It had been a long, hard journey. Sold into slavery, having endured a precarious rise to power in the Egyptian court and now confronted with the knowledge that he has saved the very brothers who had sought to destroy him, Joseph cried out to them, “I am your brother,” and fell into weeping.
“I am your brother.” This poignant, memorable, heart-rending scene from the book of Genesis teaches us clearly how important it is to be able to honestly name who we are and who we love. It reveals that it is the greatest of gifts to be able to say without constraint, “I love you,” to say those words clearly, freely and joyfully. It makes it clear that it can be life-saving to step out of the closet and speak freely of who we love.
For a brief moment, let’s look at one of the most well-known stories of the Bible, Peter’s denial of Jesus, through this lens. Jesus had been arrested, was enduring the mockery of a trial and would soon be crucified. As his followers waited outside, around a fire, someone said to Peter, “I know you. You’re the chief assistant of that guy they just arrested.” Peter denied any connection to, any relationship with or any love for, Jesus. It happened a second time. It happened a third.
When the weight of what he had done hit him, Peter was broken. His relationship to Jesus was the very core of his life. Yet, when given a chance to declare it, Peter lied. Peter has sacrificed everything to follow Jesus. Yet, when it mattered most, he tried to keep it hidden. Who can live like that? Peter’s denial hurt him, it hurt Jesus, it hurt the community. When we cannot, do not, speak freely of who we love, pain rules.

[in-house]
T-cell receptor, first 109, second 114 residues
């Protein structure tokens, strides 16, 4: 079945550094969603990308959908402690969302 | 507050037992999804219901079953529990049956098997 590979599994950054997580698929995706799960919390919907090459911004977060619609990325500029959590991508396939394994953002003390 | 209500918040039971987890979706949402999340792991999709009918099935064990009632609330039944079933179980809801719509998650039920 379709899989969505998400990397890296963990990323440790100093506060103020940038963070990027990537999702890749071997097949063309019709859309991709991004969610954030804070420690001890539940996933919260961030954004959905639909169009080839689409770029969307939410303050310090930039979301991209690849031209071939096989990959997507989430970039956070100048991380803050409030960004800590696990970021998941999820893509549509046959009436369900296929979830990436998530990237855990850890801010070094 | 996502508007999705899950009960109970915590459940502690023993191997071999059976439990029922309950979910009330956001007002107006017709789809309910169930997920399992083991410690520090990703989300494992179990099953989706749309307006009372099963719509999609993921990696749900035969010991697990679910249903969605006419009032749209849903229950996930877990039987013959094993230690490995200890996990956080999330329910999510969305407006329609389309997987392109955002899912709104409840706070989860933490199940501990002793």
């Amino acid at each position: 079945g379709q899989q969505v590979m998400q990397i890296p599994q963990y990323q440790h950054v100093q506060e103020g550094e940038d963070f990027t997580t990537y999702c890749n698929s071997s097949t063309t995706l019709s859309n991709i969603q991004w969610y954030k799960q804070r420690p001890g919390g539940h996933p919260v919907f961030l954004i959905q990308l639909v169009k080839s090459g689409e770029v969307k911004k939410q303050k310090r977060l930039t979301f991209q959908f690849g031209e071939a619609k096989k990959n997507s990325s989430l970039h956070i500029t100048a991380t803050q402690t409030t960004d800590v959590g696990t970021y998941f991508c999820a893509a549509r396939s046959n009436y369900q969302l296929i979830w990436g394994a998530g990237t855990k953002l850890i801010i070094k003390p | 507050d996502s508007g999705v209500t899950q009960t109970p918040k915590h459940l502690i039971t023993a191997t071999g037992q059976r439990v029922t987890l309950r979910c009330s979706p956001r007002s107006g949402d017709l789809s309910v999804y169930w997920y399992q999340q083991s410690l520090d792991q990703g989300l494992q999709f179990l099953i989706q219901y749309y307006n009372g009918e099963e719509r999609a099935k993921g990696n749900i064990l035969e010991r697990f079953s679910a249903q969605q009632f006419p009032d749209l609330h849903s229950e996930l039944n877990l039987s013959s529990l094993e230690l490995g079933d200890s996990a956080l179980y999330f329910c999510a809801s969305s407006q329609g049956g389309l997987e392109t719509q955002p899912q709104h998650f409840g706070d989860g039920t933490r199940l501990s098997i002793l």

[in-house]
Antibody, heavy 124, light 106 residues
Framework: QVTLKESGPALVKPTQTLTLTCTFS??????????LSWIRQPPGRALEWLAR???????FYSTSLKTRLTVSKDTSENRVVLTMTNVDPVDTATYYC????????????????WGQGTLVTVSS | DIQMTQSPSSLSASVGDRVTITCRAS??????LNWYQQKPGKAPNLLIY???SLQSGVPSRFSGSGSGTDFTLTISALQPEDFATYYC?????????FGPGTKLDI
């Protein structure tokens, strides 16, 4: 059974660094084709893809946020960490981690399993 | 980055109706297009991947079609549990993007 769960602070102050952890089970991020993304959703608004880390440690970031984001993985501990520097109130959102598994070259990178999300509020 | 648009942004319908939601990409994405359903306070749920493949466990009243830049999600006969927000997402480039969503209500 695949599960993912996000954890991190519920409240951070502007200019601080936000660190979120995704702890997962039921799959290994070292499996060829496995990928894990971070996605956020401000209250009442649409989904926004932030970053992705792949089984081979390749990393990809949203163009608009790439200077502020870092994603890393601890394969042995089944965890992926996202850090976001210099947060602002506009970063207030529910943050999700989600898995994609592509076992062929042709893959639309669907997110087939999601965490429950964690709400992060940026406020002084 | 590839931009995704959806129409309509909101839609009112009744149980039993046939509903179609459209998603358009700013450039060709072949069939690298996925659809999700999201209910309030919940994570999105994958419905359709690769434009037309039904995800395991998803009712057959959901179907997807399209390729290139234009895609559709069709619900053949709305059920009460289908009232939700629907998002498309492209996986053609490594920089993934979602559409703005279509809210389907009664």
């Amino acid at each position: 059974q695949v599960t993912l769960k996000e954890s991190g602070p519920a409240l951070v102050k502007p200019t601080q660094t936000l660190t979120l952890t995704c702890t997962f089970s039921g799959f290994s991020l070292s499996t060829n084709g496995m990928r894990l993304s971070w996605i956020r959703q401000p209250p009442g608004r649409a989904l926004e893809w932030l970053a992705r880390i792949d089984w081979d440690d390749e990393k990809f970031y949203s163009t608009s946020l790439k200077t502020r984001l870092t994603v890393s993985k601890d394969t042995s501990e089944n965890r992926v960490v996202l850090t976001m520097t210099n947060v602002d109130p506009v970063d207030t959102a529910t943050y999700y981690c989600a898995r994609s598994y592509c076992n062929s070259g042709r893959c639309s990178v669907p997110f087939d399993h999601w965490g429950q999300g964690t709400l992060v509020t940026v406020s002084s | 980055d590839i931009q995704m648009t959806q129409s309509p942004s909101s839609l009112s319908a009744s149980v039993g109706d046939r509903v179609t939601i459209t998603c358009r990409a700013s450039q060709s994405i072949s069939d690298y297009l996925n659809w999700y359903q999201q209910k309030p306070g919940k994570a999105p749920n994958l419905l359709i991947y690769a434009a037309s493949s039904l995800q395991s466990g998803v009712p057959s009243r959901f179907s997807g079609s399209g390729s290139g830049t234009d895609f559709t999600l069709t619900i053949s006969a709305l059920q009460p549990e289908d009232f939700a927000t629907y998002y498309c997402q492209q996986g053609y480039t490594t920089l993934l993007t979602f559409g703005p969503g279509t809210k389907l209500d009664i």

However, in many cultures, communities, churches, GLBTQ persons are told, “We like you but we don’t want to know who you love. Can you just be quiet about that? We don’t need to know about your private life.” Yet, the truth is unassailable. We are defined by who we love. When permission is not given to speak openly, honestly and joyfully in this regard, pain rules.
Take this reality a step further. There are communities, congregations and families in which love is not only silenced but assaulted. GLBTQ persons are told that if they would get their relationship with God right their “unnatural” desires would go away. Desperately, some try to “pray the gay away.” Some do themselves physical harm, even taking their own lives.
Some are subjected to conversion therapy, a medical practice outlawed in California, but which is still prevalent in religious circles. In a Good Faith Media article, Zach Dawes Jr. notes that a study released in 2020 found that 7% of people in the U.S. have experienced conversion therapy, with religious leaders carrying our 81% of the reported instances of such therapy.
The findings revealed that individuals who had undergone conversion or reparative therapy were far more likely to contemplate, plan and attempt suicide than those who did not encounter such therapies.
Because we are defined by who we love, we need Pride Sunday. We need to be able to name our love honestly. Joseph needed to say “I am your brother.” His brothers needed to hear it. Peter was broken when he could not find a way to say “I am with Jesus.”
Human beings need, especially in their families, their workplaces and their religious communities, to be able to define who they love and the ways in which that love defines them. Such honesty brings life to our souls and grace to our communities.